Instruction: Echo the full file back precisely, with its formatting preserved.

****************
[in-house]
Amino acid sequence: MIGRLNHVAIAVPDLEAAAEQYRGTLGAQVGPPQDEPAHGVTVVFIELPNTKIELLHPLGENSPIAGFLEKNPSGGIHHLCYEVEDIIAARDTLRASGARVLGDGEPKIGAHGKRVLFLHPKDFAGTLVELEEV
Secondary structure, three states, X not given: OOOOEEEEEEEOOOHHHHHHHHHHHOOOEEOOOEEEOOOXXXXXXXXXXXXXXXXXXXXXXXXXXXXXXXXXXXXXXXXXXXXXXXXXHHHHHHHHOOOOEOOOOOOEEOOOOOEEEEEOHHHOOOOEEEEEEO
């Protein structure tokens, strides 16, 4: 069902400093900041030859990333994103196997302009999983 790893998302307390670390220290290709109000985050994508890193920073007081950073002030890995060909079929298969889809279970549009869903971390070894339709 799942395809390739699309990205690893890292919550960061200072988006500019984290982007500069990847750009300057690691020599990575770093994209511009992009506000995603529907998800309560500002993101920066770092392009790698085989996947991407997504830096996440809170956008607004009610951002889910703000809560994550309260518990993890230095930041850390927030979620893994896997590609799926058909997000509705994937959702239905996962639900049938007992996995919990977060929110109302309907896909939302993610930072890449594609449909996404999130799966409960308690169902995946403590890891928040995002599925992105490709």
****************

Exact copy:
[in-house]
Amino acid sequence: MIGRLNHVAIAVPDLEAAAEQYRGTLGAQVGPPQDEPAHGVTVVFIELPNTKIELLHPLGENSPIAGFLEKNPSGGIHHLCYEVEDIIAARDTLRASGARVLGDGEPKIGAHGKRVLFLHPKDFAGTLVELEEV
Secondary structure, three states, X not given: OOOOEEEEEEEOOOHHHHHHHHHHHOOOEEOOOEEEOOOXXXXXXXXXXXXXXXXXXXXXXXXXXXXXXXXXXXXXXXXXXXXXXXXXHHHHHHHHOOOOEOOOOOOEEOOOOOEEEEEOHHHOOOOEEEEEEO
């Protein structure tokens, strides 16, 4: 069902400093900041030859990333994103196997302009999983 790893998302307390670390220290290709109000985050994508890193920073007081950073002030890995060909079929298969889809279970549009869903971390070894339709 799942395809390739699309990205690893890292919550960061200072988006500019984290982007500069990847750009300057690691020599990575770093994209511009992009506000995603529907998800309560500002993101920066770092392009790698085989996947991407997504830096996440809170956008607004009610951002889910703000809560994550309260518990993890230095930041850390927030979620893994896997590609799926058909997000509705994937959702239905996962639900049938007992996995919990977060929110109302309907896909939302993610930072890449594609449909996404999130799966409960308690169902995946403590890891928040995002599925992105490709």